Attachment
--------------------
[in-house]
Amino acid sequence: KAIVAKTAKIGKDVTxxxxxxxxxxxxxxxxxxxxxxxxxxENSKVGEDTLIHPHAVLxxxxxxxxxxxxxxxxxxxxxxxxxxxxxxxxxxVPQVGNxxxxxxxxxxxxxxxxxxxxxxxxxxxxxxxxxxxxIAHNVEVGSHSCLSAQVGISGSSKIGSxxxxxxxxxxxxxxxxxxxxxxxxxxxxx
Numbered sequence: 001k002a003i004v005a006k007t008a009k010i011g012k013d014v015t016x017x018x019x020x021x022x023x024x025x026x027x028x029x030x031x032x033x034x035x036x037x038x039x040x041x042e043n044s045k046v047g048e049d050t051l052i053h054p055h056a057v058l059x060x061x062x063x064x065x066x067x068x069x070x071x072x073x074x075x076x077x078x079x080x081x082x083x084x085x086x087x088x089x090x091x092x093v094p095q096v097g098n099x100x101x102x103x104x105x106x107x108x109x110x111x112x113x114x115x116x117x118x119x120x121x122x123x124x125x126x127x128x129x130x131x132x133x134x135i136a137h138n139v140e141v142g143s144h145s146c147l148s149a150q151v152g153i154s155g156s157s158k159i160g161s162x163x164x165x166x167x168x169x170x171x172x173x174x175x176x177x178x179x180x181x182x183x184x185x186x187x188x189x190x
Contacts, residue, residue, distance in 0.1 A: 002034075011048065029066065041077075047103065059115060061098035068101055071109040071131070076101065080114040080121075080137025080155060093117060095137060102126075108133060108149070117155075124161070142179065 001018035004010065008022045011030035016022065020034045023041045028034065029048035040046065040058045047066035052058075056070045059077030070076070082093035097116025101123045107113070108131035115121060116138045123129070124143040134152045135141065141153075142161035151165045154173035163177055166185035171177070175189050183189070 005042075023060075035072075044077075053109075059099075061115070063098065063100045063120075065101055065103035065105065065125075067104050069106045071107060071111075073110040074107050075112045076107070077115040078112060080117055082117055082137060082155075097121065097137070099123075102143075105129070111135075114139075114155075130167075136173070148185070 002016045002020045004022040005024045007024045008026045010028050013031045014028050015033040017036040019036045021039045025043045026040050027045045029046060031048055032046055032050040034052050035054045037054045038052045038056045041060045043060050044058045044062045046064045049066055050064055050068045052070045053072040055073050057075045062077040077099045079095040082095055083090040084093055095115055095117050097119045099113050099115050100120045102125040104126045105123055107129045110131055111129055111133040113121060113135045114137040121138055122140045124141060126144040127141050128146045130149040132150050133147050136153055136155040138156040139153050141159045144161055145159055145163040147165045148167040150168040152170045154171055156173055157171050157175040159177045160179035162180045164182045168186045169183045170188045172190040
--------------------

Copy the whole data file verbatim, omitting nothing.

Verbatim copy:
[in-house]
Amino acid sequence: KAIVAKTAKIGKDVTxxxxxxxxxxxxxxxxxxxxxxxxxxENSKVGEDTLIHPHAVLxxxxxxxxxxxxxxxxxxxxxxxxxxxxxxxxxxVPQVGNxxxxxxxxxxxxxxxxxxxxxxxxxxxxxxxxxxxxIAHNVEVGSHSCLSAQVGISGSSKIGSxxxxxxxxxxxxxxxxxxxxxxxxxxxxx
Numbered sequence: 001k002a003i004v005a006k007t008a009k010i011g012k013d014v015t016x017x018x019x020x021x022x023x024x025x026x027x028x029x030x031x032x033x034x035x036x037x038x039x040x041x042e043n044s045k046v047g048e049d050t051l052i053h054p055h056a057v058l059x060x061x062x063x064x065x066x067x068x069x070x071x072x073x074x075x076x077x078x079x080x081x082x083x084x085x086x087x088x089x090x091x092x093v094p095q096v097g098n099x100x101x102x103x104x105x106x107x108x109x110x111x112x113x114x115x116x117x118x119x120x121x122x123x124x125x126x127x128x129x130x131x132x133x134x135i136a137h138n139v140e141v142g143s144h145s146c147l148s149a150q151v152g153i154s155g156s157s158k159i160g161s162x163x164x165x166x167x168x169x170x171x172x173x174x175x176x177x178x179x180x181x182x183x184x185x186x187x188x189x190x
Contacts, residue, residue, distance in 0.1 A: 002034075011048065029066065041077075047103065059115060061098035068101055071109040071131070076101065080114040080121075080137025080155060093117060095137060102126075108133060108149070117155075124161070142179065 001018035004010065008022045011030035016022065020034045023041045028034065029048035040046065040058045047066035052058075056070045059077030070076070082093035097116025101123045107113070108131035115121060116138045123129070124143040134152045135141065141153075142161035151165045154173035163177055166185035171177070175189050183189070 005042075023060075035072075044077075053109075059099075061115070063098065063100045063120075065101055065103035065105065065125075067104050069106045071107060071111075073110040074107050075112045076107070077115040078112060080117055082117055082137060082155075097121065097137070099123075102143075105129070111135075114139075114155075130167075136173070148185070 002016045002020045004022040005024045007024045008026045010028050013031045014028050015033040017036040019036045021039045025043045026040050027045045029046060031048055032046055032050040034052050035054045037054045038052045038056045041060045043060050044058045044062045046064045049066055050064055050068045052070045053072040055073050057075045062077040077099045079095040082095055083090040084093055095115055095117050097119045099113050099115050100120045102125040104126045105123055107129045110131055111129055111133040113121060113135045114137040121138055122140045124141060126144040127141050128146045130149040132150050133147050136153055136155040138156040139153050141159045144161055145159055145163040147165045148167040150168040152170045154171055156173055157171050157175040159177045160179035162180045164182045168186045169183045170188045172190040